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longest non-cat burning stove

Post in 'The Hearth Room - Wood Stoves and Fireplaces' started by corey148, Dec 1, 2012.

  1. corey148

    corey148 New Member

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    What is the longest non-cat burning stove on the market today that you can buy?? I currently own a Wonderwood circulator wood stove which does not do bad, but I am only getting around 4-5 hours of burn time. I would like to find a wood stove that can get somewhere around 7-8 hours at least so I don't have to get up every morning around 2-3AM to put more wood on the fire to keep it going. I know the cat stoves will burn much longer, but I don't want to worry about the maintenance and I have heard the cat stoves can have issues with creosote building up. Any input is much appreciated!!!!

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  2. HotCoals

    HotCoals Minister of Fire

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    Think big!
  3. corey21

    corey21 Minister of Fire

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    Welcome.

    What is the size of your house and how high is your chimney?

    Most non cat stoves can go about 10 hours not the small one.
  4. Sprinter

    Sprinter Minister of Fire

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    And what kind of wood are you going to burn and how large is the house and what is the climate like? Good, dense wood like oak should last 7-8 hours with most any high efficiency stove 2 cf or larger with coals left. But the larger the better within reason depending on your needs.

    Why do you exclude cat's?
  5. raybonz

    raybonz Minister of Fire

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    I get easy 8 hr. burns with the T-5 and can get 10+ hrs. on a full load. The Super 27 should be able to do this as well...

    Ray
    etiger2007 likes this.
  6. Sprinter

    Sprinter Minister of Fire

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    Glad to hear that. So far I haven't even tried for an overnighter because it's been so warm the house hasn't gotten below 64 at night anyway. A lot of people wonder what they can reasonably expect from this series. What kind of wood are you burning? For the next few years, all I have is alder and a little fir, so I'm not going to count on lengthy burns here anyway.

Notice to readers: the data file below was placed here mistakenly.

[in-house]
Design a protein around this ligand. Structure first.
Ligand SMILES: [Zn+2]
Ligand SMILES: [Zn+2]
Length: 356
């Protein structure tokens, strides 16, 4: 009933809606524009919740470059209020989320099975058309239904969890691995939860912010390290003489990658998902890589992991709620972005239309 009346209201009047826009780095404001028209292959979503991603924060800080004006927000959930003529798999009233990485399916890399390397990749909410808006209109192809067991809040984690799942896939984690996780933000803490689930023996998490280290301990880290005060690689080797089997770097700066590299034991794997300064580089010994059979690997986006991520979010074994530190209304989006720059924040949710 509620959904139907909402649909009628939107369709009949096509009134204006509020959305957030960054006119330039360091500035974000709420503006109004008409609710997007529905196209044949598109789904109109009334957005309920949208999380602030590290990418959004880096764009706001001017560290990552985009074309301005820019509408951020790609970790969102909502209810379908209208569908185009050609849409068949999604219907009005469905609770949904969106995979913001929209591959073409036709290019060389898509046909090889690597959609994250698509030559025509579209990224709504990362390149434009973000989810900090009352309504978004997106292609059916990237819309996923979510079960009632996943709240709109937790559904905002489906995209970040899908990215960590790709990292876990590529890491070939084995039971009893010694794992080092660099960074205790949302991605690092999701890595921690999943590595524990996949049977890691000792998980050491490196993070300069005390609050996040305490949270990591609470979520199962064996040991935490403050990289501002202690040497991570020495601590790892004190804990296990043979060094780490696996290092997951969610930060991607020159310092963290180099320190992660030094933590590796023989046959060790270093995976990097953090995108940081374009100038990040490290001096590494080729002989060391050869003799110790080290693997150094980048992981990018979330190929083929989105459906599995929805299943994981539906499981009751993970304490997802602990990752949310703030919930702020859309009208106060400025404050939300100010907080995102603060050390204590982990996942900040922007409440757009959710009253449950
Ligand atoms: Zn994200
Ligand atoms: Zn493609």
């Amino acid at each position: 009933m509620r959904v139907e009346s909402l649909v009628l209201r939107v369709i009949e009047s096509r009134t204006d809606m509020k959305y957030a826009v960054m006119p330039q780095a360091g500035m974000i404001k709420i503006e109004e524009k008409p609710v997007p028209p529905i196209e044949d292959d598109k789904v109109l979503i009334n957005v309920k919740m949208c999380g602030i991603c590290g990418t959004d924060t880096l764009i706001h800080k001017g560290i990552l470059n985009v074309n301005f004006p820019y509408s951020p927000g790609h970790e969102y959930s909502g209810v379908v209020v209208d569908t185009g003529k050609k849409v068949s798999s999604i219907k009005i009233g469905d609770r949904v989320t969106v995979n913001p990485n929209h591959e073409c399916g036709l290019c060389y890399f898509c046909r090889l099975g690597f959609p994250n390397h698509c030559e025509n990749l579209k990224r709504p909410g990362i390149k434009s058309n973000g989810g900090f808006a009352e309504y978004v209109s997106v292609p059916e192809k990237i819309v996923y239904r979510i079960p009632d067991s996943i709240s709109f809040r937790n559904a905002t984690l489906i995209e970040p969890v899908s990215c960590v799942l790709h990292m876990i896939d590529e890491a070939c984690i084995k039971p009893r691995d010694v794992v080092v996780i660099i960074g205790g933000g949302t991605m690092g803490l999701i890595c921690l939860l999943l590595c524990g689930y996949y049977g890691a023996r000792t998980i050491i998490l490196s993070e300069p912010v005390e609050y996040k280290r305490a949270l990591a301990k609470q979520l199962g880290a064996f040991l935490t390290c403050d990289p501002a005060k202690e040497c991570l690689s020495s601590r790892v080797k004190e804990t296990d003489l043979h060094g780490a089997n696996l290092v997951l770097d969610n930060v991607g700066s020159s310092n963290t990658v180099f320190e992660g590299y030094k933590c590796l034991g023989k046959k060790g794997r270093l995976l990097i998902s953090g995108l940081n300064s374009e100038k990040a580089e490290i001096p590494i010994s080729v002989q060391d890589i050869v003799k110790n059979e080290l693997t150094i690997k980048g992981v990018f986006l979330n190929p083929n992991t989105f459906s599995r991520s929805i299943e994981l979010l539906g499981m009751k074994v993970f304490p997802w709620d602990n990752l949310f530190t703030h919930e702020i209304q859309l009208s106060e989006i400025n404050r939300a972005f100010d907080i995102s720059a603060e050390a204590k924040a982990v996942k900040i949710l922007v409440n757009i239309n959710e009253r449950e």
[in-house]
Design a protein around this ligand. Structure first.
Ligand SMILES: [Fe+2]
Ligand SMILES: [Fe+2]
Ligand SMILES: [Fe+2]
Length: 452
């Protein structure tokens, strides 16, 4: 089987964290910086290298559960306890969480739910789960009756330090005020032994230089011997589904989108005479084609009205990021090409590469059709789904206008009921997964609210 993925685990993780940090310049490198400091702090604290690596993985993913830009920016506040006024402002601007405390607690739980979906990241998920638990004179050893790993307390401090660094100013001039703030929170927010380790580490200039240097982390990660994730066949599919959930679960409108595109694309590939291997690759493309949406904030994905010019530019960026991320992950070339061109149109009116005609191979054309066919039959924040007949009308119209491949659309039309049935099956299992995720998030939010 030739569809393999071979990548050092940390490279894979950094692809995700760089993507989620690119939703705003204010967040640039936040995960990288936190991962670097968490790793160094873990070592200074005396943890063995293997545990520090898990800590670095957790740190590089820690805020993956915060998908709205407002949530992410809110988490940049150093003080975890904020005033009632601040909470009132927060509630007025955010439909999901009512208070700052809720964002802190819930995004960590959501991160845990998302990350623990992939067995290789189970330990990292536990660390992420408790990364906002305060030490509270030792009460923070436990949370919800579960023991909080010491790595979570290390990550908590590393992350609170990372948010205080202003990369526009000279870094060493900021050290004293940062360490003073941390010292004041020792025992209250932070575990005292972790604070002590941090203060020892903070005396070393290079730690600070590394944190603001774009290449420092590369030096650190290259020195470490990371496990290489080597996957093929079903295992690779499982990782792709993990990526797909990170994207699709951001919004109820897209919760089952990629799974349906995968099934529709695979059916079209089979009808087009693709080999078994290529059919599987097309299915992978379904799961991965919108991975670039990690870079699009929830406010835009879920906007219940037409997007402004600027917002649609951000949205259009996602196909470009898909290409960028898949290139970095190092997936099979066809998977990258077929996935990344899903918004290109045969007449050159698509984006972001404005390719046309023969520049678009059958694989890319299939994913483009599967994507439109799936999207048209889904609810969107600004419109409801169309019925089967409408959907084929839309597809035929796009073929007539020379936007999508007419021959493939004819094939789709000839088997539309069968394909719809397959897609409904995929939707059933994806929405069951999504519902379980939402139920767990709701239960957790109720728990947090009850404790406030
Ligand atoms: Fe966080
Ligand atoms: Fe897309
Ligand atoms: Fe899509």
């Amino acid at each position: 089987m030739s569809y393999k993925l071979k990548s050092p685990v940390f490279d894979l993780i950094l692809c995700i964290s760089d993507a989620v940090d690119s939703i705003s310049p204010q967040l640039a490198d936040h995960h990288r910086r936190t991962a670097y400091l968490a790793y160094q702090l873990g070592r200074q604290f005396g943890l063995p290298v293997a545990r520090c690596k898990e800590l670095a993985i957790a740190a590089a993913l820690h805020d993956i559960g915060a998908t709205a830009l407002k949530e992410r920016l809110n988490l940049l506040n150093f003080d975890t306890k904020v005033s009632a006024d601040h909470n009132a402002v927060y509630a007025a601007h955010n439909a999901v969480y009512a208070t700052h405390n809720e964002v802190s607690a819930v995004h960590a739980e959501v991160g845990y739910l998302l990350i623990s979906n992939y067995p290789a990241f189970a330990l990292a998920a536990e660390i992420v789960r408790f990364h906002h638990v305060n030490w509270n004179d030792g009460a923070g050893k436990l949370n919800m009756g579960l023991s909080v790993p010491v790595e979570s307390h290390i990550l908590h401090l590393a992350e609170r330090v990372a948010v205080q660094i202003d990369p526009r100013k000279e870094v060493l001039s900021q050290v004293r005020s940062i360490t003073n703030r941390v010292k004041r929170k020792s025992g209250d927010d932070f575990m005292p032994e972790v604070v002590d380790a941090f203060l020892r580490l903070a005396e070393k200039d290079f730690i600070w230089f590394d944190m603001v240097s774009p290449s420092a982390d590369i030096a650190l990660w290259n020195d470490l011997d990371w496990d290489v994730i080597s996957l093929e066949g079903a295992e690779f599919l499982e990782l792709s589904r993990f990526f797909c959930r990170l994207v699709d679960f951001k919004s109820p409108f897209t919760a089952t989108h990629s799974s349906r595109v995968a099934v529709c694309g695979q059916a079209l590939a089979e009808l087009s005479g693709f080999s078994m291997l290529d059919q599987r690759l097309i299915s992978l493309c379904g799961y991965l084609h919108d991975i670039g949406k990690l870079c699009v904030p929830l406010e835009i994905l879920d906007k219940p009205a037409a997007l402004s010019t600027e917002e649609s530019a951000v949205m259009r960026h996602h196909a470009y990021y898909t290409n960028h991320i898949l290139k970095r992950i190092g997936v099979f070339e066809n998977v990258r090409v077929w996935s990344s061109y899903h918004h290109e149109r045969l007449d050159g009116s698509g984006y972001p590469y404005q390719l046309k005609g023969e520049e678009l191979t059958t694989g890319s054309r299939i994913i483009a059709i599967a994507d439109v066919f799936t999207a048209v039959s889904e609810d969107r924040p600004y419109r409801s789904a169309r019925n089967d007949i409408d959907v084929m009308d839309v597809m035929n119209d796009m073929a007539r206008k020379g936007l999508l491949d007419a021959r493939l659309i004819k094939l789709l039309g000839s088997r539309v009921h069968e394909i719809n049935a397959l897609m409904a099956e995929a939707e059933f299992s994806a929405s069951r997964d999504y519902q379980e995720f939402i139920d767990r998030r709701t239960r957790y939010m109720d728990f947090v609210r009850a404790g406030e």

etiger2007 likes this.
  7. fossil

    fossil Accidental Moderator Staff Member

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    Where do you live, what are you heating, and what are you burning?
  8. etiger2007

    etiger2007 Minister of Fire

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    Check out the Osburn 2400 its a monster
  9. HeatsTwice

    HeatsTwice Minister of Fire

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    I have been very satisfied with the Napoleon 1900. I heat a 3200 square foot house and have had 12 hour burns with full loads of oak. Not much maintainace required (replace door seal every year or two. replace baffles every two years - thats it). With the right dealer, you can also bet your warranty will cover you.

    Get the fan though. Makes a big difference in heat dispersion although radient heat alone is good enough for a house half my size without the fan.
  10. etiger2007

    etiger2007 Minister of Fire

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    What kind of baffle needs replaced after two years?
  11. raybonz

    raybonz Minister of Fire

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    Right now I am burning ash for the most part.. Not sure how long your wood type would last..

    Ray
  12. BrotherBart

    BrotherBart Hearth.com LLC Mid-Atlantic Division Staff Member

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    With good wood pretty much any 2.5 cubic foot or larger non-cat can get eight to ten hour burns or better. Well, they can if you don't listen to the advice here to run it up to the moon and make it look like a gas grill before settling it down for the night.
  13. weatherguy

    weatherguy Minister of Fire

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    Check out the Harman TL300, a couple member rave about their long burn times with the stove, I think the box is 3+ cf, so its a decent size.
  14. etiger2007

    etiger2007 Minister of Fire

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    Thats right
  15. BrowningBAR

    BrowningBAR Minister of Fire